Firepower through the roof!
The UAAP and the PBA will remain connected ‘til we’re old and gray. The UAAP is a factory of young hoopers who turn into budding stars, while the PBA is where these promising ballers maximize their full potential. That’s how the circle of basketball life works in this particular setting.
Thus, we came up with a series where we form starting fives out of active PBA players who are products of the same UAAP schools. We previously had the De La Salle Green Archers alums under the spotlight. Now, it’s time for the UE Red Warriors legends to stand front and center.
Rey Suerte (Season 82)
The former Gilas Pilipinas guard was a one-and-done for the Red Warriors. But in his lone UAAP season, he gave the UE community a lot to cheer about. The Season 82 Mythical Team member’s best moment came against La Salle, wherein he scored 31 points, including an electrifying game-winning three.
In the PBA, Blackwater Bossing coach Jeff Cariaso has high hopes for the 29-year-old Suerte. In an interview on One PH’s Power & Play, Coach Jeff revealed just how much faith he has in Suerte. With that, expect the former Red Warrior to play an even bigger role for Blackwater soon.
Paul Lee (Season 70 to Season 73)
Lee was the last guy to lead UE to a finals appearance in the UAAP. He did it in Season 72, the same year when he won the Most Improved Player trophy and got his first of two Mythical Five selections. When he became the King Red Warrior, UE games became must-see TV. The Lethal Weapon’s bag was truly a thing of beauty.
In the pros, Lee has won every award there is except the MVP and the Defensive Player of the Year plums. Being one of the most reliable scorers of his generation, people will surely get mad—like they did in Nelson Asaytono’s case—if the Magnolia Hotshots dynamo won’t be included in the next iterations of the PBA Greatest Players list.
ALSO READ: Angas ng Recto: UE great Paul Lee’s throwback UAAP post will give you chills
James Yap (Season 63 to Season 66)
His defenders feared him as he scored over them in whatever way he pleased. Yap was a man among boys in the UAAP. The receipts? He was named MVP in 2003 and was a Mythical Five member twice.
That he didn’t lead UE to a UAAP championship remains one of basketball’s greatest mysteries.
But championships no longer eluded Big Game James in the PBA. He has seven titles under his belt, including a grand slam with the San Mig Coffee Mixers (the franchise eventually traded him for Lee, BTW). During his prime, he became a two-time MVP, all while serving as the face of the PBA.
What else can we say? He's truly a top-tier all-time great. At 41 years old, he signed a one-conference deal with the Rain or Shine Elasto Painters.
ALSO READ: Big budol: James Yap’s latest post will make cyclists catch ‘upgraditis’ disease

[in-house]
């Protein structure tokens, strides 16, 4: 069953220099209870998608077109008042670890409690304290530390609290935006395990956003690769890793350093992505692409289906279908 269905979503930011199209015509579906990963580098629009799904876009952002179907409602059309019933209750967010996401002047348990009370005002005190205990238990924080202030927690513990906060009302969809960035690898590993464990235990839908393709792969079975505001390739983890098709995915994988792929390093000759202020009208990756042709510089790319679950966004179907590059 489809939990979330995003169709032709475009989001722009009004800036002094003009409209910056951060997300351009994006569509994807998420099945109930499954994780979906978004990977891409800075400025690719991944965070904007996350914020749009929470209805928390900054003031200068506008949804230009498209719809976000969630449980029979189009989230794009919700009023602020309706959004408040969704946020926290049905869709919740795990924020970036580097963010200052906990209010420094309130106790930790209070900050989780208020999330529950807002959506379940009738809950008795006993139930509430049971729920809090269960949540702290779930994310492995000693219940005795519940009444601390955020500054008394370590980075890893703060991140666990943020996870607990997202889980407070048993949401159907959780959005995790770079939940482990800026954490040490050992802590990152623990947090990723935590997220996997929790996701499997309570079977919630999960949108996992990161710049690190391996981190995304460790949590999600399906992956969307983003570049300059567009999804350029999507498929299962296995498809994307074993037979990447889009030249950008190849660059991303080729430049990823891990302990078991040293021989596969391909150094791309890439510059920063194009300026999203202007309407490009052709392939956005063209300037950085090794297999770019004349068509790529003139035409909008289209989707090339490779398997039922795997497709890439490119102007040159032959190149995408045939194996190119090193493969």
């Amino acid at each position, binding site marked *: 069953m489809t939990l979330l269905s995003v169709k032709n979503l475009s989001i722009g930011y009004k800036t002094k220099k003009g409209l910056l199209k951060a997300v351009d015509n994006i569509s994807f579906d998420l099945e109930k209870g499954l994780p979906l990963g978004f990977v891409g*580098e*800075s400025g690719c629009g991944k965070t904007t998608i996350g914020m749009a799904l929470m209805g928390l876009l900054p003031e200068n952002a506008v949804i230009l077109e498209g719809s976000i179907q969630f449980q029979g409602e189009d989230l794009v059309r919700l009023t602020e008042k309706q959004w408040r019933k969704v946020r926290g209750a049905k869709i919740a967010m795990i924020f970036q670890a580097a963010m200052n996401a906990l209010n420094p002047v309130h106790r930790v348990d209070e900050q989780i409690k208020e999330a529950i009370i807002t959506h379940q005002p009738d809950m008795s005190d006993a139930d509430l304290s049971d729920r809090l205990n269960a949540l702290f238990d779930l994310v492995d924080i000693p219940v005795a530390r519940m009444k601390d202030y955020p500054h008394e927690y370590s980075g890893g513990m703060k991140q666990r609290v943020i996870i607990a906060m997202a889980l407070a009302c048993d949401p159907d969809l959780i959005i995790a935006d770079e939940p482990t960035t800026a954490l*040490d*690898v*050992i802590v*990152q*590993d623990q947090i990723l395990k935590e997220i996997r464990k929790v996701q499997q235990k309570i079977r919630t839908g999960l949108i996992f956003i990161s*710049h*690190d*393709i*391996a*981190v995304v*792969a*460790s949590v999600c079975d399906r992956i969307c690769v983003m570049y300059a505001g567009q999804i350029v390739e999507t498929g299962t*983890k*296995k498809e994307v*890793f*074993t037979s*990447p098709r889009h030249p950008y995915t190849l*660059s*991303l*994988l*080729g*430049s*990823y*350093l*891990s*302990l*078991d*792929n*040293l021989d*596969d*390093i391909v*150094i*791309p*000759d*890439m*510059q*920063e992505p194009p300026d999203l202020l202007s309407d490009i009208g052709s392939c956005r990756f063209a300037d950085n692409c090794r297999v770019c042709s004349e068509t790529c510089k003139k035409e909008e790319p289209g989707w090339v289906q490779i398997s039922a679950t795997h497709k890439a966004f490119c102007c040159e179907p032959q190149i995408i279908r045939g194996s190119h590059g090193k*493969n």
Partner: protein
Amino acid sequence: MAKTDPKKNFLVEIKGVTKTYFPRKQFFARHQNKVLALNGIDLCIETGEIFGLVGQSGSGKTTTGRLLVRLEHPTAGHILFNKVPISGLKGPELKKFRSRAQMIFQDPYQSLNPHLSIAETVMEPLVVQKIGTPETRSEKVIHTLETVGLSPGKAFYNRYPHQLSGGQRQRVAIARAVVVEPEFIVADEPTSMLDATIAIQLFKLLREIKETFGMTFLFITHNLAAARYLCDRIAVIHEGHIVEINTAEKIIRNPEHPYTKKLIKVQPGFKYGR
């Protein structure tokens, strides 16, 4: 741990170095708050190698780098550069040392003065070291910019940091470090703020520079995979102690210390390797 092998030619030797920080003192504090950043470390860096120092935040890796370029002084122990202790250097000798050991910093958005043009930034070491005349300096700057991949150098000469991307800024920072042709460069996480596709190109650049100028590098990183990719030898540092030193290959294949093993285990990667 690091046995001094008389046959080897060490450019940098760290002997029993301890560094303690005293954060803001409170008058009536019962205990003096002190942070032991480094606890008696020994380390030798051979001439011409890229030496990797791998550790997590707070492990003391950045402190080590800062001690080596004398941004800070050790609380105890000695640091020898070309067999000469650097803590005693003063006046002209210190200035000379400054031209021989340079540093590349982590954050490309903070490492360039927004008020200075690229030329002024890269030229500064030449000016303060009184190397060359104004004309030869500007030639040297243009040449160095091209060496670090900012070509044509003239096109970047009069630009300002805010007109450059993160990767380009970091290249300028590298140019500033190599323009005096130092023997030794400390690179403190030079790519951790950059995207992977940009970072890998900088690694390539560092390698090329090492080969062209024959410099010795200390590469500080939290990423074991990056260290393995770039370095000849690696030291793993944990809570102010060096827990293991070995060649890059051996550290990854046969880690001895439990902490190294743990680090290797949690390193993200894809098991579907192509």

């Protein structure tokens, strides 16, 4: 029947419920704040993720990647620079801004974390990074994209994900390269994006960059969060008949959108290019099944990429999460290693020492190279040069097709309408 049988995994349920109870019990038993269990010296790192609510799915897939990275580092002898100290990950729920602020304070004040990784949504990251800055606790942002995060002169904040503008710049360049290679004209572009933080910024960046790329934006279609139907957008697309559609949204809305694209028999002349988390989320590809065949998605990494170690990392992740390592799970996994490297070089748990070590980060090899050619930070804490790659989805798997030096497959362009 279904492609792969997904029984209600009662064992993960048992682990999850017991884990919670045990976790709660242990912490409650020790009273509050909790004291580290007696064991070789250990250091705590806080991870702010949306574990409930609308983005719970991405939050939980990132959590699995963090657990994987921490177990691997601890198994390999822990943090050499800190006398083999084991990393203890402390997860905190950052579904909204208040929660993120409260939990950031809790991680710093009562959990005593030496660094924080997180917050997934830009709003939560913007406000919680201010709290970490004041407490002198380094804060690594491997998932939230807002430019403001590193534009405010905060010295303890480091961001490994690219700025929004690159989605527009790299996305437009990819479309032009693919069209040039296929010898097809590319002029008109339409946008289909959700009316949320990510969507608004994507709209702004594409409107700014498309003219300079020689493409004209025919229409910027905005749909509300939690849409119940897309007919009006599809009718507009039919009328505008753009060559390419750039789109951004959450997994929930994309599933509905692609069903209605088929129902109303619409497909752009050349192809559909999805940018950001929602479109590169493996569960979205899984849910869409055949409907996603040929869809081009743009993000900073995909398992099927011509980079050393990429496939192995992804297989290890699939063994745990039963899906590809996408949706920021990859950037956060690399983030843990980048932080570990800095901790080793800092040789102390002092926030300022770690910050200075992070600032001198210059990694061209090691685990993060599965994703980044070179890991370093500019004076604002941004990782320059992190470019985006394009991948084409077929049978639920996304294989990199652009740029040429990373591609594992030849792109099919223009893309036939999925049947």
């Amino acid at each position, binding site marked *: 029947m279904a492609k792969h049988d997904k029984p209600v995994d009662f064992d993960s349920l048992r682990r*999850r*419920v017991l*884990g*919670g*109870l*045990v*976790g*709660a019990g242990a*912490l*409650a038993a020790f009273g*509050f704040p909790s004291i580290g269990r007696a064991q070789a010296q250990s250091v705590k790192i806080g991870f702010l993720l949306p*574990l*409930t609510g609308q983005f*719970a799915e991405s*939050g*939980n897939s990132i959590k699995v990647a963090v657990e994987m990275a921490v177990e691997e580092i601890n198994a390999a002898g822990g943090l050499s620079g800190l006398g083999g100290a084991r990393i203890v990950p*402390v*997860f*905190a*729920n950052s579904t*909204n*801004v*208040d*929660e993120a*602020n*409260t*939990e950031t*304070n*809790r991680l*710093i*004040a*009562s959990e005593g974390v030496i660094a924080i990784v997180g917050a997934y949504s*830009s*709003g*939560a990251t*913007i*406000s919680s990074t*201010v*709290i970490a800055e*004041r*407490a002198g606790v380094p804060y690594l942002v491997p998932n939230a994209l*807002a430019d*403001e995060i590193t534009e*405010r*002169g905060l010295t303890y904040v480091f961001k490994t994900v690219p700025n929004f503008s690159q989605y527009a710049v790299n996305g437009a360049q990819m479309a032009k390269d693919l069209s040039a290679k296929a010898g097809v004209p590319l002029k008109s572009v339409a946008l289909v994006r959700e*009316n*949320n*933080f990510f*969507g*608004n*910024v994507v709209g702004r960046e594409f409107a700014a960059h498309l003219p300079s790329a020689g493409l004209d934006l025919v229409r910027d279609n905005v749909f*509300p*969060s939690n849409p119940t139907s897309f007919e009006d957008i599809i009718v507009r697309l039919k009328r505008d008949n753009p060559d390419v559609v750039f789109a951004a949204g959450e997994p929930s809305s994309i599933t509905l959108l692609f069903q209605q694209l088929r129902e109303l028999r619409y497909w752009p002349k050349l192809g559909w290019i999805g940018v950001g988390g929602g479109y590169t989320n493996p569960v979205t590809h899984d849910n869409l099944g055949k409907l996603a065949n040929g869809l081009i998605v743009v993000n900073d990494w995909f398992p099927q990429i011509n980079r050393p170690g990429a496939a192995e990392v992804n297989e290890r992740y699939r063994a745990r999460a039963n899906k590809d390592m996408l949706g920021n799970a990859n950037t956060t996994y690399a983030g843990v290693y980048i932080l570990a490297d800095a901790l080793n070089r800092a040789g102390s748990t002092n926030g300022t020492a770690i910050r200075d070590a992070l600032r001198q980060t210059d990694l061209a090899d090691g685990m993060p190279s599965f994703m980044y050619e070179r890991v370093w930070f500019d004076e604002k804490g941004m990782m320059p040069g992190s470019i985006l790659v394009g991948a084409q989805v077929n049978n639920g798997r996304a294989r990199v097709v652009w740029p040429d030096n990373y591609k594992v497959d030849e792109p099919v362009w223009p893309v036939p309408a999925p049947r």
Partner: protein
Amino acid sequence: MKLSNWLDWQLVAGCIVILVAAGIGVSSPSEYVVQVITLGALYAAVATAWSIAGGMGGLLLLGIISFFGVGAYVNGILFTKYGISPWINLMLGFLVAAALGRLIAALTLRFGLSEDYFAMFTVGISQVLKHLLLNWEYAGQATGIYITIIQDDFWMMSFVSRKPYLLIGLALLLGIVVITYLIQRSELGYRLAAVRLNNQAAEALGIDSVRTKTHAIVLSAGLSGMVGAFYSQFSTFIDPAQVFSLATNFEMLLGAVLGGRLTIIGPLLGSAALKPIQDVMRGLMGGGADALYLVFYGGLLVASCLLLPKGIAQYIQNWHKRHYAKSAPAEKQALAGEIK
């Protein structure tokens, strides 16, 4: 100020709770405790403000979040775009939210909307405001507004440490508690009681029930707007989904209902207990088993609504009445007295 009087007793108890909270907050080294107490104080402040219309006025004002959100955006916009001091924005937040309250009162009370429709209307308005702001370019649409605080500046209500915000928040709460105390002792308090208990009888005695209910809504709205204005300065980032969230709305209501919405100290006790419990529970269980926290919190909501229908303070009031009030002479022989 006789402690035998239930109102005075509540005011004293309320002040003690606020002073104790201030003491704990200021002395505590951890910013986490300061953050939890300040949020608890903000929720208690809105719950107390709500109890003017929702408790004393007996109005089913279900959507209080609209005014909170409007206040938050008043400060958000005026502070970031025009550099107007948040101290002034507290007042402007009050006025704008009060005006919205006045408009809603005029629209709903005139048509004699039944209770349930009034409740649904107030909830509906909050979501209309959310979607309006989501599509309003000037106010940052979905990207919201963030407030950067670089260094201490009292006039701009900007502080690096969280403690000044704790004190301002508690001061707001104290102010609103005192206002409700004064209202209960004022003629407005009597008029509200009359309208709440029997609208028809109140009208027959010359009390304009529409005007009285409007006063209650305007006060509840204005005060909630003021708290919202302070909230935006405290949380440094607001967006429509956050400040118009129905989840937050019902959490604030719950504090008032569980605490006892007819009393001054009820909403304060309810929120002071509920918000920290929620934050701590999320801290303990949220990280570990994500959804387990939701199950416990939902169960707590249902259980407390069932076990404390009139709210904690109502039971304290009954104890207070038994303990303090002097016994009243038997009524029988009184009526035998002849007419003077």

Mark Borboran (Season 68 to Season 70)
Borboran was a tough matchup for anyone at the collegiate level. At 6-foot-4, he can drive strong to the rim and hit jumpers all the way from behind the three-point line. In Season 70, the hybrid forward led the Red Warriors to a 14-0 slate in the eliminations, which propelled them straight to the finals. Unfortunately, they got swept by the more experienced Green Archers. As a consolation prize, Borboran earned a Mythical Team selection.
In the PBA, his well-rounded skill set has continued to be his calling card. Playing for a total of six teams, he has exhibited enough end-to-end versatility to have a prolonged professional career. The 15-year veteran is currently teammates with Yap in Rain or Shine.
Alvin Pasaol (Season 79 to Season 81)
Pasaol was a scoring machine in the UAAP. To sum up his mammoth-like shot-making prowess: In Season 80, he dropped 49 points on a Ben Mbala-led La Salle team. No typo there. In his last season, he averaged 24.4 points to claim his second straight Mythical Five citation. Yes, Pasaol’s individual brilliance didn’t translate into team success, but it was undeniable that he was a next-level bucket-getter.
Now in his third PBA season, Pasaol’s breakout moment has yet to come. But for sure, once he gets the opportunity, the 6-foot-2 burly forward will find ways to put the ball through the basket. He’s a natural-born scorer, after all.
Breaking down the team
For this group to win games, they have no other option but to outgun their opponents. They’ve got to maximize their firepower and put the most points on the scoreboard. It’s as simple as that.
Imagine these fellas, getting in the zone at the same time. Putting up 150 points, just the five of them, is not far-fetched.
As for defense, well, let’s just say, they just have to stick to their strengths.(PM)